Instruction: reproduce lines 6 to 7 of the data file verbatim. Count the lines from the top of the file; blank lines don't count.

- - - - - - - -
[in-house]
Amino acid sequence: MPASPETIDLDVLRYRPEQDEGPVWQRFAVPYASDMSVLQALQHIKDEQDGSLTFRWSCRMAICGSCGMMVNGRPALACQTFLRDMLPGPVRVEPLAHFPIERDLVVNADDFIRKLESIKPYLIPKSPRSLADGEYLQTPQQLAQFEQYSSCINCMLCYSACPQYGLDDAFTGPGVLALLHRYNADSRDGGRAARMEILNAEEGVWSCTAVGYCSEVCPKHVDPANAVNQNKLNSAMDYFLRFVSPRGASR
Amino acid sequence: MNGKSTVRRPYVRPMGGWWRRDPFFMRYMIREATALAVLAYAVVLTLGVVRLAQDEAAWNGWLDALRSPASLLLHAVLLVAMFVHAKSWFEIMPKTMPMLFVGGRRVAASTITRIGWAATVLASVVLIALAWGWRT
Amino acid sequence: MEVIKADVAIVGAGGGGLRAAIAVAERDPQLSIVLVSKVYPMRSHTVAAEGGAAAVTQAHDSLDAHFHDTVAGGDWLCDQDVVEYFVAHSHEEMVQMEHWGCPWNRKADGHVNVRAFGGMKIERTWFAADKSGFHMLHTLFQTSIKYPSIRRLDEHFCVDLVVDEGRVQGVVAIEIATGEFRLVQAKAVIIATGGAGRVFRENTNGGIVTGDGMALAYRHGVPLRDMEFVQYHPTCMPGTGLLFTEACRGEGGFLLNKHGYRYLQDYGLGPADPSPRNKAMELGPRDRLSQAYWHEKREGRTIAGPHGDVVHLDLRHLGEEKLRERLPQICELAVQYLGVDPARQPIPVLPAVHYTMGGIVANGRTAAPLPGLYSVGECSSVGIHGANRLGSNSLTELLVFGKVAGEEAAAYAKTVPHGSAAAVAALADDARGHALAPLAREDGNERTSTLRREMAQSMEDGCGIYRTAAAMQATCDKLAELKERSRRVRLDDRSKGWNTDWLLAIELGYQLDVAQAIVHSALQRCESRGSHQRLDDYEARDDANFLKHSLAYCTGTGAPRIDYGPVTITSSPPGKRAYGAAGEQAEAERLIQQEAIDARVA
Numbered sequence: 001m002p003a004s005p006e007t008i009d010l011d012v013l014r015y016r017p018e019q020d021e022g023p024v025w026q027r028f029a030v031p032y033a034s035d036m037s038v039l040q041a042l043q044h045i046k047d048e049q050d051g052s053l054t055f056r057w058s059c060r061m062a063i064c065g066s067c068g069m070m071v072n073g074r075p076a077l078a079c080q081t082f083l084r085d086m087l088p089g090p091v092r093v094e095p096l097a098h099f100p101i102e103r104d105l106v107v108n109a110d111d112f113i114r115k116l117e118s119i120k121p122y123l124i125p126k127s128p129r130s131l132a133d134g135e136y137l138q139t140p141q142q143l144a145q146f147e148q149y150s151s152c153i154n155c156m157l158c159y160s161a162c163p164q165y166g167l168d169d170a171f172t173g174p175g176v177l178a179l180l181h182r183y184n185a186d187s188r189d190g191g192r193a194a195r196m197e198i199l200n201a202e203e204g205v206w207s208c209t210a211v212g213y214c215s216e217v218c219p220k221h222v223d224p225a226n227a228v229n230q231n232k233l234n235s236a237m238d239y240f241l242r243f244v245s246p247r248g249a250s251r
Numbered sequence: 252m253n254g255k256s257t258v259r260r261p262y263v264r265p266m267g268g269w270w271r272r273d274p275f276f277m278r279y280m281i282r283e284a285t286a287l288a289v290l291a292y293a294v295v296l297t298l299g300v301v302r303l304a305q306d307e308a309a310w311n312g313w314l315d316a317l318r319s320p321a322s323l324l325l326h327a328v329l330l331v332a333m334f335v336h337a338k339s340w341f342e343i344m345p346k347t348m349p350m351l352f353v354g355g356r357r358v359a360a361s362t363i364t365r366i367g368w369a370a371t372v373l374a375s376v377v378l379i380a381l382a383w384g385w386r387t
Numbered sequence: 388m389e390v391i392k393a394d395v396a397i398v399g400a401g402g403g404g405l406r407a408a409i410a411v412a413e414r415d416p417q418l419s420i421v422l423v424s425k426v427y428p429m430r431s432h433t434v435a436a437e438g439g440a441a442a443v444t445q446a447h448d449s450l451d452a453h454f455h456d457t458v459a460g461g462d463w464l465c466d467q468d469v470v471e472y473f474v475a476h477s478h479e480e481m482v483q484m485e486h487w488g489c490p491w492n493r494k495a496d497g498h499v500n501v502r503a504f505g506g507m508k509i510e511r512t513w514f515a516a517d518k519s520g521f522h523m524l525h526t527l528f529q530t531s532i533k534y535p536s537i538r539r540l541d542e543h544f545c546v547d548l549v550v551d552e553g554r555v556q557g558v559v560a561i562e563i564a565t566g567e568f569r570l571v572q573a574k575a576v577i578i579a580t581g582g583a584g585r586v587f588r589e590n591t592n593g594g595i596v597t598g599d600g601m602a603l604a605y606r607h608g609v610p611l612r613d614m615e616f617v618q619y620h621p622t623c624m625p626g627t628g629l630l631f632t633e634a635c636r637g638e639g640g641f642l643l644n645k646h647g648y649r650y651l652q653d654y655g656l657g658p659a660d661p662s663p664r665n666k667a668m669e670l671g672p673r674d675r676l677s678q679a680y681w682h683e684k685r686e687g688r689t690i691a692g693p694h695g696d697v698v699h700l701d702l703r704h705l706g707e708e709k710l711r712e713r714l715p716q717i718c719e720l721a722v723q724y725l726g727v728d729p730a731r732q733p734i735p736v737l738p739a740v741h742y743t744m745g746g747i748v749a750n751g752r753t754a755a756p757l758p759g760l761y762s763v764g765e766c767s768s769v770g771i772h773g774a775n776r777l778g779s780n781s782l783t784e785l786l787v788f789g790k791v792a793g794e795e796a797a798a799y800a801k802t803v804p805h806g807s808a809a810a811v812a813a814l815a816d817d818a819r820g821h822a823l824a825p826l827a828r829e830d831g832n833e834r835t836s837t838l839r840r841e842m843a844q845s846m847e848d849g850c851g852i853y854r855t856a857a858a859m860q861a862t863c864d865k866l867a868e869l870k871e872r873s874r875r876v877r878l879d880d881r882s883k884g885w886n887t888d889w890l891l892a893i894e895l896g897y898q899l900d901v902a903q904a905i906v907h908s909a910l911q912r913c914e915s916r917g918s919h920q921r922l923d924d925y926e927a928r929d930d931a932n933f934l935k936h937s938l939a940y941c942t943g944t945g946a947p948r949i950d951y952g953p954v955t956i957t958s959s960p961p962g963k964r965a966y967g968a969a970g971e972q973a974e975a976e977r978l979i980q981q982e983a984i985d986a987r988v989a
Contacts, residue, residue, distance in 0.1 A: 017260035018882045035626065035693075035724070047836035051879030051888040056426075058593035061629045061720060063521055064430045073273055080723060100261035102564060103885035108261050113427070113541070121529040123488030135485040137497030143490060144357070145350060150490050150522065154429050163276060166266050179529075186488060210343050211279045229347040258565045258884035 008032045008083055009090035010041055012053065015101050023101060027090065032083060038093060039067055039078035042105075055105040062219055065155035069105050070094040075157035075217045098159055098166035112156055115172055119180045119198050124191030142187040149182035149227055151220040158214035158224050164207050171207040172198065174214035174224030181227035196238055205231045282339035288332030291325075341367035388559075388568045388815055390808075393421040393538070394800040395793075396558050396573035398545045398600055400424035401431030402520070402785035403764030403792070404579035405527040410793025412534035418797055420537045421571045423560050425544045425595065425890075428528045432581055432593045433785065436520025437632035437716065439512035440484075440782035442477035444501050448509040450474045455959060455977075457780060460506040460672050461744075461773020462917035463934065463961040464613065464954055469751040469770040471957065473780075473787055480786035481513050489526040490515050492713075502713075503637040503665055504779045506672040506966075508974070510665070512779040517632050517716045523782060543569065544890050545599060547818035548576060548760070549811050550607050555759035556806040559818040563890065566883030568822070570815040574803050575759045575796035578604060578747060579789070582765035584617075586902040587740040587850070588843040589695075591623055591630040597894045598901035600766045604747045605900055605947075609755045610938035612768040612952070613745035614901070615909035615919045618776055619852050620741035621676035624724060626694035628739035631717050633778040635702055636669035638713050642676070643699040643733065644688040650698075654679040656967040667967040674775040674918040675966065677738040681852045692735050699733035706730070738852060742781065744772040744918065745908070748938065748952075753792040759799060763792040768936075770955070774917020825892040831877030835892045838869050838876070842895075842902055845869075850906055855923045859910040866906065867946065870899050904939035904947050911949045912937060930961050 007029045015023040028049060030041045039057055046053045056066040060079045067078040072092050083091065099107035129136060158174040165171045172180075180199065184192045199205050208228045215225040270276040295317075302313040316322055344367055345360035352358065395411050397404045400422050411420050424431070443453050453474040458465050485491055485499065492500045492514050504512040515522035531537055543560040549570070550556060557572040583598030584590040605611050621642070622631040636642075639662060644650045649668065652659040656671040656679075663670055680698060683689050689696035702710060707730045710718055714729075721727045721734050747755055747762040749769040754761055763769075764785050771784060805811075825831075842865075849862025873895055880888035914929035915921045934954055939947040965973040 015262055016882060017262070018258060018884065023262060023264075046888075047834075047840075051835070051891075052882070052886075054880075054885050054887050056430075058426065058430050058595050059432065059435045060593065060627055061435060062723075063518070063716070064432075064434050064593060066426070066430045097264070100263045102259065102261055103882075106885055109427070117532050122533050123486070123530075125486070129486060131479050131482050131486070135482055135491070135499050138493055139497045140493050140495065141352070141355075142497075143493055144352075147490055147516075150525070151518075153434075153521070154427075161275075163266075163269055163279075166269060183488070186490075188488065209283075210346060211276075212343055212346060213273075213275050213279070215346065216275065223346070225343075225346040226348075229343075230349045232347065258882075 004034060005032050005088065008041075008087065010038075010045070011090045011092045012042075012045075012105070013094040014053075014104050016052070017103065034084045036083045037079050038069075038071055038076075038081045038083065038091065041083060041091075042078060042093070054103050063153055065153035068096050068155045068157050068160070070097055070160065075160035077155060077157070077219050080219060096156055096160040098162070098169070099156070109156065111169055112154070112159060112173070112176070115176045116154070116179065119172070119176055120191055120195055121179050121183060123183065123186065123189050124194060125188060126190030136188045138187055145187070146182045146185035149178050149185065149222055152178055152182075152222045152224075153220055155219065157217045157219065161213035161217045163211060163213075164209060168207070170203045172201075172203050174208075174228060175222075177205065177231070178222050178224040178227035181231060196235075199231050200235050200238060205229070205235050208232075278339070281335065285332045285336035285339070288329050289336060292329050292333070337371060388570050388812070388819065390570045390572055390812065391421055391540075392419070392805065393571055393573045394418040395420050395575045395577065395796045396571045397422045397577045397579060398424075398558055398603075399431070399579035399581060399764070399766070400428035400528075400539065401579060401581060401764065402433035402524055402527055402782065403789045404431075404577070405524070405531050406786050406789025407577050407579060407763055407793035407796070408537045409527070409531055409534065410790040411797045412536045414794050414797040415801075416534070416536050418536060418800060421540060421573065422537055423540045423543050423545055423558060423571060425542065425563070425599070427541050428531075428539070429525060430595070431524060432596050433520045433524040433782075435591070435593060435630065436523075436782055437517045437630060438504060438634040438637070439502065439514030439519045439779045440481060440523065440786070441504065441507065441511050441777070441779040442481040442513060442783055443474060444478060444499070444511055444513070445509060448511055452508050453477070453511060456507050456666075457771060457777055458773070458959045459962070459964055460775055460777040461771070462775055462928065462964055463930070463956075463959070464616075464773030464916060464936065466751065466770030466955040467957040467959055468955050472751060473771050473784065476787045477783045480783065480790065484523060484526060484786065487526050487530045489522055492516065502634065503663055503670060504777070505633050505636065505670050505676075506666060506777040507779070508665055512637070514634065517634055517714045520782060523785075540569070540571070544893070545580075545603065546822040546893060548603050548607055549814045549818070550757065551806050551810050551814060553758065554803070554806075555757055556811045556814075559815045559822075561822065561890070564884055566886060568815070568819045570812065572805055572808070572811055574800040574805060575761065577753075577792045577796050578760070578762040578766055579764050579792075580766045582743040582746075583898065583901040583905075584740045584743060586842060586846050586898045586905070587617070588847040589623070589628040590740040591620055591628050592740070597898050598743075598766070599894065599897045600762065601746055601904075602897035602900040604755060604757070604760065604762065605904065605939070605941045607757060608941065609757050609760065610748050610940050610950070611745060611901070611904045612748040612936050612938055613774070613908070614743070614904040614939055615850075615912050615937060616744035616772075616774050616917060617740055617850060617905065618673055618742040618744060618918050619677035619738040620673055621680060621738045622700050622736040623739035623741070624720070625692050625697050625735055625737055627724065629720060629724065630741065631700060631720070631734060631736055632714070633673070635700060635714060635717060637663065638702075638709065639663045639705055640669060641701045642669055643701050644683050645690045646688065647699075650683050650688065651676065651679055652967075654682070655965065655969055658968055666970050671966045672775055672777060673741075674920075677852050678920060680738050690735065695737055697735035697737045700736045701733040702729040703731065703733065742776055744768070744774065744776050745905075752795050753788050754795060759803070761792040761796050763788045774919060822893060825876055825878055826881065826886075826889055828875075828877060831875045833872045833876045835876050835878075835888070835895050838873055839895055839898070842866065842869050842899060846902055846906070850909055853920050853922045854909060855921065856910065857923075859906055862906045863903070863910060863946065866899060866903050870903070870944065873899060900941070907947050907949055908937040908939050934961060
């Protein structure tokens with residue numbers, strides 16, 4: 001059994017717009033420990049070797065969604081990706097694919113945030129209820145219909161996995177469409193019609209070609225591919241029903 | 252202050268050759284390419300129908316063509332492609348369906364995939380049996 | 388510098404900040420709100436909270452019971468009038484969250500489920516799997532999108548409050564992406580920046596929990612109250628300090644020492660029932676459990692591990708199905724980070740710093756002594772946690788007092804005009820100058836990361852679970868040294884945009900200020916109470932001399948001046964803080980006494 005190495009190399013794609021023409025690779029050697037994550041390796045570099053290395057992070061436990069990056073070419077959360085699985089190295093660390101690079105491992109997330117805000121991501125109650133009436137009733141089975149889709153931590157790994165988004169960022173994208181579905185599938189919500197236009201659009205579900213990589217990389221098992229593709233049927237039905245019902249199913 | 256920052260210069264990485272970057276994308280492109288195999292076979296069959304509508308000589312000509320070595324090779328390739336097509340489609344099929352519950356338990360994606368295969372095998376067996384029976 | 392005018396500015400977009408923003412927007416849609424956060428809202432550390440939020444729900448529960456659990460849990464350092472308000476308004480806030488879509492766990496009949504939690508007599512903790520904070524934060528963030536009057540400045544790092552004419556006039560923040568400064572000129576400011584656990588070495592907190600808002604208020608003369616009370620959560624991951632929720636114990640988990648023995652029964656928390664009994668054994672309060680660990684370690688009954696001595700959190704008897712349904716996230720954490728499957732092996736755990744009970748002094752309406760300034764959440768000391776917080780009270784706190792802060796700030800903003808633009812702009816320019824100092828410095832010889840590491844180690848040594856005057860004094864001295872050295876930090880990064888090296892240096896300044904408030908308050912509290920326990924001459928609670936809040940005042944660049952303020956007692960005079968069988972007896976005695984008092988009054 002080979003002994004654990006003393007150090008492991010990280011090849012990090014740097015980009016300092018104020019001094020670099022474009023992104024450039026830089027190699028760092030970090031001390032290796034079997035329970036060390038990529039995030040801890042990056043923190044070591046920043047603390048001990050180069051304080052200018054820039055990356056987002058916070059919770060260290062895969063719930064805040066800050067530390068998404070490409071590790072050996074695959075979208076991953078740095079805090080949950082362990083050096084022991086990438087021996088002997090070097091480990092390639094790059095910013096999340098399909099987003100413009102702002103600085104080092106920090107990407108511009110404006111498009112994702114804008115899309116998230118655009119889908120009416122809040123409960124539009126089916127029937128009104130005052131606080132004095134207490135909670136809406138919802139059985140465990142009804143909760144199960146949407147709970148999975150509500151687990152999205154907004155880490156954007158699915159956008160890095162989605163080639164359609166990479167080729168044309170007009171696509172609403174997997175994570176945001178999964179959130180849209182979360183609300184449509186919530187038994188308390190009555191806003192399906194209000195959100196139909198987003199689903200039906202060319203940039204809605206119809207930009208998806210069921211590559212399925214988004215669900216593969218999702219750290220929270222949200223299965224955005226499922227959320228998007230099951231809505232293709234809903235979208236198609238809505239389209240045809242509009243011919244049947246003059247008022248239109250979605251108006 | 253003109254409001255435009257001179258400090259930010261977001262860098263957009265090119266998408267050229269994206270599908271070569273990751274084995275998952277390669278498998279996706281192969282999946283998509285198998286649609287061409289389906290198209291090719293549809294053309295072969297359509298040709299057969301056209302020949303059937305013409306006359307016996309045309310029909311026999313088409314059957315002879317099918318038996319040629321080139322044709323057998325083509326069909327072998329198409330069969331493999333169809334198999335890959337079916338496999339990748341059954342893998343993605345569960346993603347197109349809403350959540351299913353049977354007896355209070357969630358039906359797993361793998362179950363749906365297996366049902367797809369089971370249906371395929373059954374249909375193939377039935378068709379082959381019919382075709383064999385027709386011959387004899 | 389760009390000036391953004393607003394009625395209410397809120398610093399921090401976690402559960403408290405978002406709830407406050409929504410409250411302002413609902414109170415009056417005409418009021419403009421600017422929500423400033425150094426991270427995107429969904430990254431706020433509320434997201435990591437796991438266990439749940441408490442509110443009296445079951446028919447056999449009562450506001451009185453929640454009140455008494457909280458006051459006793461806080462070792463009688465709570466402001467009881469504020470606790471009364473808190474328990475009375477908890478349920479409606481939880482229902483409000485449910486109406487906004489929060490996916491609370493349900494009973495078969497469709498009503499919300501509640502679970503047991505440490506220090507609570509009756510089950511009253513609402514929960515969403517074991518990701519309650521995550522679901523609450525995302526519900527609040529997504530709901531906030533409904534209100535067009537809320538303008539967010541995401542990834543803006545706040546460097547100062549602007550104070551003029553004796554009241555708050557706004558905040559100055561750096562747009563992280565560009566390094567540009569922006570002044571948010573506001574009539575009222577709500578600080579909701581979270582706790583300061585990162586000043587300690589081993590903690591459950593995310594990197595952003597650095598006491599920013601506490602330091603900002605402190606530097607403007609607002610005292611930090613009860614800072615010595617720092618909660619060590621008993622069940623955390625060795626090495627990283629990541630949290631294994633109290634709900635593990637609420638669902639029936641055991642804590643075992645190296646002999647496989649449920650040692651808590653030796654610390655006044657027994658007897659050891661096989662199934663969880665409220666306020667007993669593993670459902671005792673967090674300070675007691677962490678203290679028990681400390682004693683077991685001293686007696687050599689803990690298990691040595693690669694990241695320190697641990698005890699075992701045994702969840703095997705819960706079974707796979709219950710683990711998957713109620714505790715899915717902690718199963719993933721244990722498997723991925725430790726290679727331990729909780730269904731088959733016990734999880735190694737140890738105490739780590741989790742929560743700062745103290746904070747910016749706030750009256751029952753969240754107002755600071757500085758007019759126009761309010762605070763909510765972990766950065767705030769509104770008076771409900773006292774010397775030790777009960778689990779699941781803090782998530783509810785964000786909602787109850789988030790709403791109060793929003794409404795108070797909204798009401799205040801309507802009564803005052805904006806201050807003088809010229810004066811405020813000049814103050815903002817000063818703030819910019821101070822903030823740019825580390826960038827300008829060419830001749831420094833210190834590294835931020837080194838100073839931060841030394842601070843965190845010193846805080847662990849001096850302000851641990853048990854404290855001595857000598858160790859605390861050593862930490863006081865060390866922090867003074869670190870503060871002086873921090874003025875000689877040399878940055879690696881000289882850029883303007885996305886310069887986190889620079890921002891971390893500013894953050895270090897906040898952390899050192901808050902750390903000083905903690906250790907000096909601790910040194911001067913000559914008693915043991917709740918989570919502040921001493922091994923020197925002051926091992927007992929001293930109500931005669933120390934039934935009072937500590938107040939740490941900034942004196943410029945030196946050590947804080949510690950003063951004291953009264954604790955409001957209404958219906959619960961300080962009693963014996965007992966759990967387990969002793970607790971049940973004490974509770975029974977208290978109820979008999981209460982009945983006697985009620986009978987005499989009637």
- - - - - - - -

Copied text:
Numbered sequence: 252m253n254g255k256s257t258v259r260r261p262y263v264r265p266m267g268g269w270w271r272r273d274p275f276f277m278r279y280m281i282r283e284a285t286a287l288a289v290l291a292y293a294v295v296l297t298l299g300v301v302r303l304a305q306d307e308a309a310w311n312g313w314l315d316a317l318r319s320p321a322s323l324l325l326h327a328v329l330l331v332a333m334f335v336h337a338k339s340w341f342e343i344m345p346k347t348m349p350m351l352f353v354g355g356r357r358v359a360a361s362t363i364t365r366i367g368w369a370a371t372v373l374a375s376v377v378l379i380a381l382a383w384g385w386r387t
Numbered sequence: 388m389e390v391i392k393a394d395v396a397i398v399g400a401g402g403g404g405l406r407a408a409i410a411v412a413e414r415d416p417q418l419s420i421v422l423v424s425k426v427y428p429m430r431s432h433t434v435a436a437e438g439g440a441a442a443v444t445q446a447h448d449s450l451d452a453h454f455h456d457t458v459a460g461g462d463w464l465c466d467q468d469v470v471e472y473f474v475a476h477s478h479e480e481m482v483q484m485e486h487w488g489c490p491w492n493r494k495a496d497g498h499v500n501v502r503a504f505g506g507m508k509i510e511r512t513w514f515a516a517d518k519s520g521f522h523m524l525h526t527l528f529q530t531s532i533k534y535p536s537i538r539r540l541d542e543h544f545c546v547d548l549v550v551d552e553g554r555v556q557g558v559v560a561i562e563i564a565t566g567e568f569r570l571v572q573a574k575a576v577i578i579a580t581g582g583a584g585r586v587f588r589e590n591t592n593g594g595i596v597t598g599d600g601m602a603l604a605y606r607h608g609v610p611l612r613d614m615e616f617v618q619y620h621p622t623c624m625p626g627t628g629l630l631f632t633e634a635c636r637g638e639g640g641f642l643l644n645k646h647g648y649r650y651l652q653d654y655g656l657g658p659a660d661p662s663p664r665n666k667a668m669e670l671g672p673r674d675r676l677s678q679a680y681w682h683e684k685r686e687g688r689t690i691a692g693p694h695g696d697v698v699h700l701d702l703r704h705l706g707e708e709k710l711r712e713r714l715p716q717i718c719e720l721a722v723q724y725l726g727v728d729p730a731r732q733p734i735p736v737l738p739a740v741h742y743t744m745g746g747i748v749a750n751g752r753t754a755a756p757l758p759g760l761y762s763v764g765e766c767s768s769v770g771i772h773g774a775n776r777l778g779s780n781s782l783t784e785l786l787v788f789g790k791v792a793g794e795e796a797a798a799y800a801k802t803v804p805h806g807s808a809a810a811v812a813a814l815a816d817d818a819r820g821h822a823l824a825p826l827a828r829e830d831g832n833e834r835t836s837t838l839r840r841e842m843a844q845s846m847e848d849g850c851g852i853y854r855t856a857a858a859m860q861a862t863c864d865k866l867a868e869l870k871e872r873s874r875r876v877r878l879d880d881r882s883k884g885w886n887t888d889w890l891l892a893i894e895l896g897y898q899l900d901v902a903q904a905i906v907h908s909a910l911q912r913c914e915s916r917g918s919h920q921r922l923d924d925y926e927a928r929d930d931a932n933f934l935k936h937s938l939a940y941c942t943g944t945g946a947p948r949i950d951y952g953p954v955t956i957t958s959s960p961p962g963k964r965a966y967g968a969a970g971e972q973a974e975a976e977r978l979i980q981q982e983a984i985d986a987r988v989a